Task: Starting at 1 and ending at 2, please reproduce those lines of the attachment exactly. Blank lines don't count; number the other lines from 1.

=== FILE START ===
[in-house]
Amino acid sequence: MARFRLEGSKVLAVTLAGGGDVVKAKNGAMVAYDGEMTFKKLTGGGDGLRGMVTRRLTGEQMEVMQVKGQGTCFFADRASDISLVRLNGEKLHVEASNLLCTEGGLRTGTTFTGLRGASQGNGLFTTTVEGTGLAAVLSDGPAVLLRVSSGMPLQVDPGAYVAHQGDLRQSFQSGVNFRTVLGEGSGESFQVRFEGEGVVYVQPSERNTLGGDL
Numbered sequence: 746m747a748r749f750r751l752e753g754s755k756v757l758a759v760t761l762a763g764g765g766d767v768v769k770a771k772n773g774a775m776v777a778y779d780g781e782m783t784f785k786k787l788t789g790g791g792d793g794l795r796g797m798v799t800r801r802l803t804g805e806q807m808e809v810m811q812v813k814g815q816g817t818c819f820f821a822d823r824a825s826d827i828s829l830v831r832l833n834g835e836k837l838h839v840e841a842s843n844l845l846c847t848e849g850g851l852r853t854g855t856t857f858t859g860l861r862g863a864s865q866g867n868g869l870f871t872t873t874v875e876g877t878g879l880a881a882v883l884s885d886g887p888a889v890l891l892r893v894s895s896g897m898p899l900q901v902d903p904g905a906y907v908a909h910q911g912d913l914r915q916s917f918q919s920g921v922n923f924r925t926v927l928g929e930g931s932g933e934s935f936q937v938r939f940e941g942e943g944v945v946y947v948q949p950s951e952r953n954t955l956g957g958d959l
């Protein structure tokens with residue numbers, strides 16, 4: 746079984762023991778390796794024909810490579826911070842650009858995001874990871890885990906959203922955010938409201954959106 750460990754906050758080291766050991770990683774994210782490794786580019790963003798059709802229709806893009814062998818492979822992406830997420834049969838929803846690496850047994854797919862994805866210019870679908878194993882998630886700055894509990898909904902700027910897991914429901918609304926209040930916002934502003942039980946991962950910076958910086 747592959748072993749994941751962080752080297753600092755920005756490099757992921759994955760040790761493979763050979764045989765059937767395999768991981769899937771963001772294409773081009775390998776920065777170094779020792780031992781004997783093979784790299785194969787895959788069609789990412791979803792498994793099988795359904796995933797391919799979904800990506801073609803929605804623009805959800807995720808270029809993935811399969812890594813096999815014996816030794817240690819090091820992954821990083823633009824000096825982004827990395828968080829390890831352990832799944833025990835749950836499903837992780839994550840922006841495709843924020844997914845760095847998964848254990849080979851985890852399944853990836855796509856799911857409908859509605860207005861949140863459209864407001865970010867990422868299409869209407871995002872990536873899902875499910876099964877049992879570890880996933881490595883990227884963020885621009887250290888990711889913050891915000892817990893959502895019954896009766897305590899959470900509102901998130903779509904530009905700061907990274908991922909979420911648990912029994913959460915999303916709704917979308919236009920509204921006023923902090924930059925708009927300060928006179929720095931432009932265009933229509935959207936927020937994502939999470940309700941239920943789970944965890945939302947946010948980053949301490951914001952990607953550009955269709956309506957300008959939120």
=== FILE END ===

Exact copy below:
[in-house]
Amino acid sequence: MARFRLEGSKVLAVTLAGGGDVVKAKNGAMVAYDGEMTFKKLTGGGDGLRGMVTRRLTGEQMEVMQVKGQGTCFFADRASDISLVRLNGEKLHVEASNLLCTEGGLRTGTTFTGLRGASQGNGLFTTTVEGTGLAAVLSDGPAVLLRVSSGMPLQVDPGAYVAHQGDLRQSFQSGVNFRTVLGEGSGESFQVRFEGEGVVYVQPSERNTLGGDL